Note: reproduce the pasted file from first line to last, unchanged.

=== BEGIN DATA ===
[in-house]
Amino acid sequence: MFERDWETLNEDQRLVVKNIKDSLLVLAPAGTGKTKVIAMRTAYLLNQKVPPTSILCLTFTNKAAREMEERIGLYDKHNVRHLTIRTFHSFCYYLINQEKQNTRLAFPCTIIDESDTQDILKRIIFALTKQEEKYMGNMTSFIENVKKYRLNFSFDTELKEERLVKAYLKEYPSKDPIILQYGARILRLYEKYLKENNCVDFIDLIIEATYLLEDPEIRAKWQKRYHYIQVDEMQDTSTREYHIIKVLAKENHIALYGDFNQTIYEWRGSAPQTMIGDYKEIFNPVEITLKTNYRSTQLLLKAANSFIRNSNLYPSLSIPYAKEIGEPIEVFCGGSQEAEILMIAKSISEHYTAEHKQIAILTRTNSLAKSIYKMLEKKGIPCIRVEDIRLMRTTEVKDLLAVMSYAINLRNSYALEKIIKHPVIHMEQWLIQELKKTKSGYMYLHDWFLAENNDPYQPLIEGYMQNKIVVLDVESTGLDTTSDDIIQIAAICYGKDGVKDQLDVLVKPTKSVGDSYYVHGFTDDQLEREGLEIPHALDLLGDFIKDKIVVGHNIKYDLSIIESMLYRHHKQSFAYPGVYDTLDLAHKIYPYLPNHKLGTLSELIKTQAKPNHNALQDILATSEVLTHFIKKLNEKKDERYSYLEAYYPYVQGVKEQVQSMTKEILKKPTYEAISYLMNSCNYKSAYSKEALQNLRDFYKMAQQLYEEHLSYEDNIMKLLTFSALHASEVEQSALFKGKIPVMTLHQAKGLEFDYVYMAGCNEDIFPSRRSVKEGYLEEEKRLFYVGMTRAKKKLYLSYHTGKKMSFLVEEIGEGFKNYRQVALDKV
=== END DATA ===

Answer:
[in-house]
Amino acid sequence: MFERDWETLNEDQRLVVKNIKDSLLVLAPAGTGKTKVIAMRTAYLLNQKVPPTSILCLTFTNKAAREMEERIGLYDKHNVRHLTIRTFHSFCYYLINQEKQNTRLAFPCTIIDESDTQDILKRIIFALTKQEEKYMGNMTSFIENVKKYRLNFSFDTELKEERLVKAYLKEYPSKDPIILQYGARILRLYEKYLKENNCVDFIDLIIEATYLLEDPEIRAKWQKRYHYIQVDEMQDTSTREYHIIKVLAKENHIALYGDFNQTIYEWRGSAPQTMIGDYKEIFNPVEITLKTNYRSTQLLLKAANSFIRNSNLYPSLSIPYAKEIGEPIEVFCGGSQEAEILMIAKSISEHYTAEHKQIAILTRTNSLAKSIYKMLEKKGIPCIRVEDIRLMRTTEVKDLLAVMSYAINLRNSYALEKIIKHPVIHMEQWLIQELKKTKSGYMYLHDWFLAENNDPYQPLIEGYMQNKIVVLDVESTGLDTTSDDIIQIAAICYGKDGVKDQLDVLVKPTKSVGDSYYVHGFTDDQLEREGLEIPHALDLLGDFIKDKIVVGHNIKYDLSIIESMLYRHHKQSFAYPGVYDTLDLAHKIYPYLPNHKLGTLSELIKTQAKPNHNALQDILATSEVLTHFIKKLNEKKDERYSYLEAYYPYVQGVKEQVQSMTKEILKKPTYEAISYLMNSCNYKSAYSKEALQNLRDFYKMAQQLYEEHLSYEDNIMKLLTFSALHASEVEQSALFKGKIPVMTLHQAKGLEFDYVYMAGCNEDIFPSRRSVKEGYLEEEKRLFYVGMTRAKKKLYLSYHTGKKMSFLVEEIGEGFKNYRQVALDKV